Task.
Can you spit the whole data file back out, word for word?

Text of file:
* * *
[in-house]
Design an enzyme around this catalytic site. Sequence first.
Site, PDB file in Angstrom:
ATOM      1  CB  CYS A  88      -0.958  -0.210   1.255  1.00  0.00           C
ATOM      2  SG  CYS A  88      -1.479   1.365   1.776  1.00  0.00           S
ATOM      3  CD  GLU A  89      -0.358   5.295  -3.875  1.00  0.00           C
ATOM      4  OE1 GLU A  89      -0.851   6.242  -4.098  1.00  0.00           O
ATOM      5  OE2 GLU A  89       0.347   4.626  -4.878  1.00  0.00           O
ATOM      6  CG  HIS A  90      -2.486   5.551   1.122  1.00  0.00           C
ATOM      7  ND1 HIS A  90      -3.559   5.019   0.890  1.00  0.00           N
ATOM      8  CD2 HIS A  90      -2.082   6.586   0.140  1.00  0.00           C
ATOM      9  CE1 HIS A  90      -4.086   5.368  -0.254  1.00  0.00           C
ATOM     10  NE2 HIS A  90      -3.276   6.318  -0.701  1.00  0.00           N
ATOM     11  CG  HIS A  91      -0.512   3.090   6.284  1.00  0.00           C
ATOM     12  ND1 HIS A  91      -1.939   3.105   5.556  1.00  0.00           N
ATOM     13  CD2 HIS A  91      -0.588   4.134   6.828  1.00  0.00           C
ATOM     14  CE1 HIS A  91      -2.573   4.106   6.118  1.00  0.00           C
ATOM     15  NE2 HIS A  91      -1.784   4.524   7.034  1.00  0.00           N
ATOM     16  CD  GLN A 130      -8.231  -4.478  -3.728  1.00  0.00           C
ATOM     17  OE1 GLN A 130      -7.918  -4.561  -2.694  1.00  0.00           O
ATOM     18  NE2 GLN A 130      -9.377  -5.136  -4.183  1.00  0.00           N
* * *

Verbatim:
[in-house]
Design an enzyme around this catalytic site. Sequence first.
Site, PDB file in Angstrom:
ATOM      1  CB  CYS A  88      -0.958  -0.210   1.255  1.00  0.00           C
ATOM      2  SG  CYS A  88      -1.479   1.365   1.776  1.00  0.00           S
ATOM      3  CD  GLU A  89      -0.358   5.295  -3.875  1.00  0.00           C
ATOM      4  OE1 GLU A  89      -0.851   6.242  -4.098  1.00  0.00           O
ATOM      5  OE2 GLU A  89       0.347   4.626  -4.878  1.00  0.00           O
ATOM      6  CG  HIS A  90      -2.486   5.551   1.122  1.00  0.00           C
ATOM      7  ND1 HIS A  90      -3.559   5.019   0.890  1.00  0.00           N
ATOM      8  CD2 HIS A  90      -2.082   6.586   0.140  1.00  0.00           C
ATOM      9  CE1 HIS A  90      -4.086   5.368  -0.254  1.00  0.00           C
ATOM     10  NE2 HIS A  90      -3.276   6.318  -0.701  1.00  0.00           N
ATOM     11  CG  HIS A  91      -0.512   3.090   6.284  1.00  0.00           C
ATOM     12  ND1 HIS A  91      -1.939   3.105   5.556  1.00  0.00           N
ATOM     13  CD2 HIS A  91      -0.588   4.134   6.828  1.00  0.00           C
ATOM     14  CE1 HIS A  91      -2.573   4.106   6.118  1.00  0.00           C
ATOM     15  NE2 HIS A  91      -1.784   4.524   7.034  1.00  0.00           N
ATOM     16  CD  GLN A 130      -8.231  -4.478  -3.728  1.00  0.00           C
ATOM     17  OE1 GLN A 130      -7.918  -4.561  -2.694  1.00  0.00           O
ATOM     18  NE2 GLN A 130      -9.377  -5.136  -4.183  1.00  0.00           N